The reason this is necessary is that C and Fortran use a one pass compiler, which reads through the source code from top to bottom only once. Hence, if a subprogram is called earlier in the program than it is defined, the compiler will not yet have seen the definition and will therefore not know what types of arguments it takes or what type of value it returns. By providing an interface or prototype before the first call to a subprogram, we give the compiler all the information it needs to verify the call to the subprogram and issue errors or warnings if necessary.

An interface or prototype is essentially an exoskeleton of a subprogram. It is identical to the subprogram with the local variables and statements removed. It defines how to communicate (interface) with the subprogram, but not how it works internally.

The most convenient way to create Fortran interfaces is to copy and paste the subprogram into a module, "gut" it, and use that module in any subprogram that calls the subprogram. This way, we need only write out the interface for each subprogram once.

The easiest way to create a C prototype is by copying and pasting the function header and adding a semicolon.

There is also a free program called cproto that generates prototypes directly from C source code.

Argument Passing Details

There are basically two ways to pass arguments to a subprogram in any language. Either we can send a copy of the value (pass by value), or, since every value is stored somewhere in memory, we can send its address (pass by reference).

Pass by Value

When passing by value, the receiving argument variable in the subprogram is not a dummy variable, but is instead like any other local variable. It has its own memory location, which receives a copy of the argument value passed from the caller. This is how all arguments are passed in C.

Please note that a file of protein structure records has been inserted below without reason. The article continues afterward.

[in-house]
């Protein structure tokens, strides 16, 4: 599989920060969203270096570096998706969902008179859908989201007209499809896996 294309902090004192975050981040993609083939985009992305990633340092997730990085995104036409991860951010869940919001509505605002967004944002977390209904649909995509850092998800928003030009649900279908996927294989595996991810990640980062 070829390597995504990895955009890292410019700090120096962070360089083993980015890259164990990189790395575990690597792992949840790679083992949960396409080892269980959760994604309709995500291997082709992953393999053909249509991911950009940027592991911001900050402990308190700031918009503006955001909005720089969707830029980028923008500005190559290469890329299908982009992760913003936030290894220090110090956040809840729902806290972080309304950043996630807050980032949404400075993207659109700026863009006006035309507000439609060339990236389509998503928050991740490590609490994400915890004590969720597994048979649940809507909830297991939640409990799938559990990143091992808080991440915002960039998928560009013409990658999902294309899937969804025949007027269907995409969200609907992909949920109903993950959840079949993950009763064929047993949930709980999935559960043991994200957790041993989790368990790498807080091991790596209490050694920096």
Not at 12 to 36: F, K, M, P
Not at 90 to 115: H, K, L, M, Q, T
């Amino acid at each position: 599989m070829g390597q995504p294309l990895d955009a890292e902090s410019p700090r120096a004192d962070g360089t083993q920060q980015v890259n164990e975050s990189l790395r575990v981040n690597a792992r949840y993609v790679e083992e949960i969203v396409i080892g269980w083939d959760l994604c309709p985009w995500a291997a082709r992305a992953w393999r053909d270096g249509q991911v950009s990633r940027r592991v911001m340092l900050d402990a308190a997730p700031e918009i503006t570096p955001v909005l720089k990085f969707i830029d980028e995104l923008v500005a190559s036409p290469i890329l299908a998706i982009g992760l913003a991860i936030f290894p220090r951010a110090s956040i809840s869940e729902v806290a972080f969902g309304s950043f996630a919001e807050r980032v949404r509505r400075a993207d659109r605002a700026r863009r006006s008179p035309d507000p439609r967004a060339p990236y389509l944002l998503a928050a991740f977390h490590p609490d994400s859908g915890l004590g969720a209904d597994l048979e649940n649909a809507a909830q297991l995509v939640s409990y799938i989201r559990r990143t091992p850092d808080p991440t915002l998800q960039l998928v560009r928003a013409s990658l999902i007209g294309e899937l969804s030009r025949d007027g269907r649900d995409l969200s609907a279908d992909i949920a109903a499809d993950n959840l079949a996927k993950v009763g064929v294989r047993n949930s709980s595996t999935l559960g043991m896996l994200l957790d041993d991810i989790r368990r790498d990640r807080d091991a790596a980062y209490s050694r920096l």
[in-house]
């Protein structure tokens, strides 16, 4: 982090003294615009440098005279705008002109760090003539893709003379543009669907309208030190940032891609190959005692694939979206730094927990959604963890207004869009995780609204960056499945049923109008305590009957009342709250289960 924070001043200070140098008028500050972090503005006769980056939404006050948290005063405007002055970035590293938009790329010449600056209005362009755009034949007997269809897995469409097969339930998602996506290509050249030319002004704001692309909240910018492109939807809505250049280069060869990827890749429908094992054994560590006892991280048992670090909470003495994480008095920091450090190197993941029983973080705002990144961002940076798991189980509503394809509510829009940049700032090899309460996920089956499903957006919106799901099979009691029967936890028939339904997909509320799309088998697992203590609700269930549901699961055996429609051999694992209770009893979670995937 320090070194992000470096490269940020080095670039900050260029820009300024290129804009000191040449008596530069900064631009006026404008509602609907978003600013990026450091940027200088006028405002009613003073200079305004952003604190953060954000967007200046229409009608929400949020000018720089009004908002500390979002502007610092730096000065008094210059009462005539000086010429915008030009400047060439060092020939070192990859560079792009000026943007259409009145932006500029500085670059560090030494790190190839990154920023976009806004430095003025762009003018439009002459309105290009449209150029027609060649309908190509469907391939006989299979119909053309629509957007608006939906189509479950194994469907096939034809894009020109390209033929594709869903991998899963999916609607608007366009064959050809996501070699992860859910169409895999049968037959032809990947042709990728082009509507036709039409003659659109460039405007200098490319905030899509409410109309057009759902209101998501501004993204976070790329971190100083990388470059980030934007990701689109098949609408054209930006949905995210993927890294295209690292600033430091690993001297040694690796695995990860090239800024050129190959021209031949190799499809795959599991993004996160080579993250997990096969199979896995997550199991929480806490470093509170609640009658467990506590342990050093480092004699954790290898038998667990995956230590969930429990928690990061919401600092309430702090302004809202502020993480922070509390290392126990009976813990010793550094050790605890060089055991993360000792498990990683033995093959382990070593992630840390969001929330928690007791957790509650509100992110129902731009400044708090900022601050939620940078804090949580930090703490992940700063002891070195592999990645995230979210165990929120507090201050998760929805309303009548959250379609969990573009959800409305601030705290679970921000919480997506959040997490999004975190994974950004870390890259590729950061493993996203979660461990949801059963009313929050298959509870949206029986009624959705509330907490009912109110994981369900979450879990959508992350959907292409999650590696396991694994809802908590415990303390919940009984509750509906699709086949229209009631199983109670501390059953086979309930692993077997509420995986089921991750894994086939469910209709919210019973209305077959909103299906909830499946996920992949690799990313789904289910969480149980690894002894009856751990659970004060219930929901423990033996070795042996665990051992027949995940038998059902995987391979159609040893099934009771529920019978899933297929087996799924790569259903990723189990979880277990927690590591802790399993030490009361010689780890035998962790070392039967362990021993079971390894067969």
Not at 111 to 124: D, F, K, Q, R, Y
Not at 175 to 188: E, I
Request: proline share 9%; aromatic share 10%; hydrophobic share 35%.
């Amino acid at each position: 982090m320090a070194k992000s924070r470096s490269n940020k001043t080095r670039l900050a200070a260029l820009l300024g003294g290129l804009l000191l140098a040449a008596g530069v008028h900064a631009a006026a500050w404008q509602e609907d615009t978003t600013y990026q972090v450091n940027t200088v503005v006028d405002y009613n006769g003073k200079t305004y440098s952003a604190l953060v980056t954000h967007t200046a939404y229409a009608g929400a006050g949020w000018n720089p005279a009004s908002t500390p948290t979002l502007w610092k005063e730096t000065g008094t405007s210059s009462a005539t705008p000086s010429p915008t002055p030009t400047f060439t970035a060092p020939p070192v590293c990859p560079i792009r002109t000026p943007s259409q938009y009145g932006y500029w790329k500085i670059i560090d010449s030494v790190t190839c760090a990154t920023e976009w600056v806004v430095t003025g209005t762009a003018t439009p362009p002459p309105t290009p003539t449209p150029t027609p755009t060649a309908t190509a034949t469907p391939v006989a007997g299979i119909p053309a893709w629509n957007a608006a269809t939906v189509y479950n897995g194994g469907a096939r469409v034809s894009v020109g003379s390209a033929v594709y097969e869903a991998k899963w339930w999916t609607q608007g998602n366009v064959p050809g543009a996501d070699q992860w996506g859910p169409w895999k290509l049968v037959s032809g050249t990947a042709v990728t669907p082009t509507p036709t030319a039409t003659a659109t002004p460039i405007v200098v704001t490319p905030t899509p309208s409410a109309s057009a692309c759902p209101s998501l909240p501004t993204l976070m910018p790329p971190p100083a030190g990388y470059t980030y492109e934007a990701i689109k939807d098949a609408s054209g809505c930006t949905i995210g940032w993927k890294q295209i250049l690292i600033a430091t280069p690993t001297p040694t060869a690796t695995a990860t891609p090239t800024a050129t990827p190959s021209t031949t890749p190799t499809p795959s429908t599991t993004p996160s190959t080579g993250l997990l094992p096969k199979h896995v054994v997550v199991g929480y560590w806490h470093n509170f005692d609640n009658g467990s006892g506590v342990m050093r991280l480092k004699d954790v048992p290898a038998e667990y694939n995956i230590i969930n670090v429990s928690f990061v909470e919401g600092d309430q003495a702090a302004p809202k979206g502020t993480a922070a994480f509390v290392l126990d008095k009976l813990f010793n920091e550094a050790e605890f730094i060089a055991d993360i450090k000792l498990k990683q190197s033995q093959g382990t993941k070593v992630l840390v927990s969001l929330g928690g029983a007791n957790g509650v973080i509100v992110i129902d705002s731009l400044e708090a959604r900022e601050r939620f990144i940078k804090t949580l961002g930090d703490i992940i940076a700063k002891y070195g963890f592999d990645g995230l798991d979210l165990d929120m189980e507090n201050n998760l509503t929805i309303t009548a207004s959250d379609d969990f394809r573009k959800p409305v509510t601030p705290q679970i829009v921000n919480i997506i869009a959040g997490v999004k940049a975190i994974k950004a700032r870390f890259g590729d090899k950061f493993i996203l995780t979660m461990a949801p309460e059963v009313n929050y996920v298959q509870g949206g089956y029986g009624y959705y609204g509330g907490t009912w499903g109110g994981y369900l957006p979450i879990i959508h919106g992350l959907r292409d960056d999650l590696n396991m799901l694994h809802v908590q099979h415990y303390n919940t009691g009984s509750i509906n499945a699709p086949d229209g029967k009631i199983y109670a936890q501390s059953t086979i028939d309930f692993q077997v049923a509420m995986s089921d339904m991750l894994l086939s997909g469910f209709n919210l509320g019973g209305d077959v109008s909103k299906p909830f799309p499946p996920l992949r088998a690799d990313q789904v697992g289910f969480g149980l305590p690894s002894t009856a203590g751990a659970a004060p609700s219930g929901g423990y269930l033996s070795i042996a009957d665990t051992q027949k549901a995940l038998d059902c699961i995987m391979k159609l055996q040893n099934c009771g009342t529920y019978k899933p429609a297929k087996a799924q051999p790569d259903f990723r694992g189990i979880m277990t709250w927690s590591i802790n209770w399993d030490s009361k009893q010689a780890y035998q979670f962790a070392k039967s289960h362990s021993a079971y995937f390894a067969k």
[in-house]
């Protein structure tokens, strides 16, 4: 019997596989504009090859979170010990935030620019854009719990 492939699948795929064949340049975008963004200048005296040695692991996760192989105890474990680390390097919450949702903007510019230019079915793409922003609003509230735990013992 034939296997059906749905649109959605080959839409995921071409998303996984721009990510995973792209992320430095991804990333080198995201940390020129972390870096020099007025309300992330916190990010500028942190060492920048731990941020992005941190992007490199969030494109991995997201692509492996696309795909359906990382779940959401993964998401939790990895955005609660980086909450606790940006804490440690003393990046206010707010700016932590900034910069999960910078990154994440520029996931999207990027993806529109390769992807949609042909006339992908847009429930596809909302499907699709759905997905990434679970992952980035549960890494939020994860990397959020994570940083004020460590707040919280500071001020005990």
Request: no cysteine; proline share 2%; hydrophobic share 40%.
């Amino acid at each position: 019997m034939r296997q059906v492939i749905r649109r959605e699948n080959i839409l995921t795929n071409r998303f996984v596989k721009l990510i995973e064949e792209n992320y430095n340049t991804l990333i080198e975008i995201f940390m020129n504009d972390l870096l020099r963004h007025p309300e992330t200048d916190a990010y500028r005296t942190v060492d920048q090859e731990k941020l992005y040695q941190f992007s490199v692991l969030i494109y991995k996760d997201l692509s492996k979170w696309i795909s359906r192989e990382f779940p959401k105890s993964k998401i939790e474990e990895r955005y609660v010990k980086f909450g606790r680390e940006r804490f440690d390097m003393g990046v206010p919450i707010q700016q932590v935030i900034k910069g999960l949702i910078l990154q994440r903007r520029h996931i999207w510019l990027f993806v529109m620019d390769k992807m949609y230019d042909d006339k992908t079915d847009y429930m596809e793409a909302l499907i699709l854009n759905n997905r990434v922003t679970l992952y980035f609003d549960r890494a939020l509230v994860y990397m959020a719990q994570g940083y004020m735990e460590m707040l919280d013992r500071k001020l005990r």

Example 20.3. Sample C Code Passing by Value

x = 5;

y = power(2.0, exponent);


double  power(double base, int exponent)

In Example 20.3, “Sample C Code Passing by Value”, the argument variable base gets a copy of the argument 2.0, and the argument variable exponent gets a copy of the value of the argument exponent in the caller.

Table 20.2. Pass by Value

1008exponent (caller's namespace)5
2008exponent (power's namespace)5

Since the variable exponent in power() represents a different memory address than exponent in the caller, changes to the variable exponent within the power function have no effect on exponent in the caller. Arguments passed to functions by value are therefore protected from side effects, inadvertent changes to their value. This is usually what we want when calling a subprogram. Imagine how annoyed you would be if you called sin(angle) and the sin() function changed the value of angle!

Pass by Reference

When an argument is passed by reference, the address of the data is sent to the subprogram rather than a copy of the value. That is, each time a subprogram is called, the argument variable in the subprogram is assigned the same address as the argument sent by the caller.

All simple arguments in Fortran are passed by reference.

exponent = 5
y = power(2.0d0, exponent)

Table 20.3. Pass by Reference

10002.0d0, base2.0
1008exponent (caller), exponent (power)5

As Table 20.3, “Pass by Reference” shows, when the power function is called, base assumes the address of the constant 2.0d0, and exponent assumes the address of the variable exponent in the caller.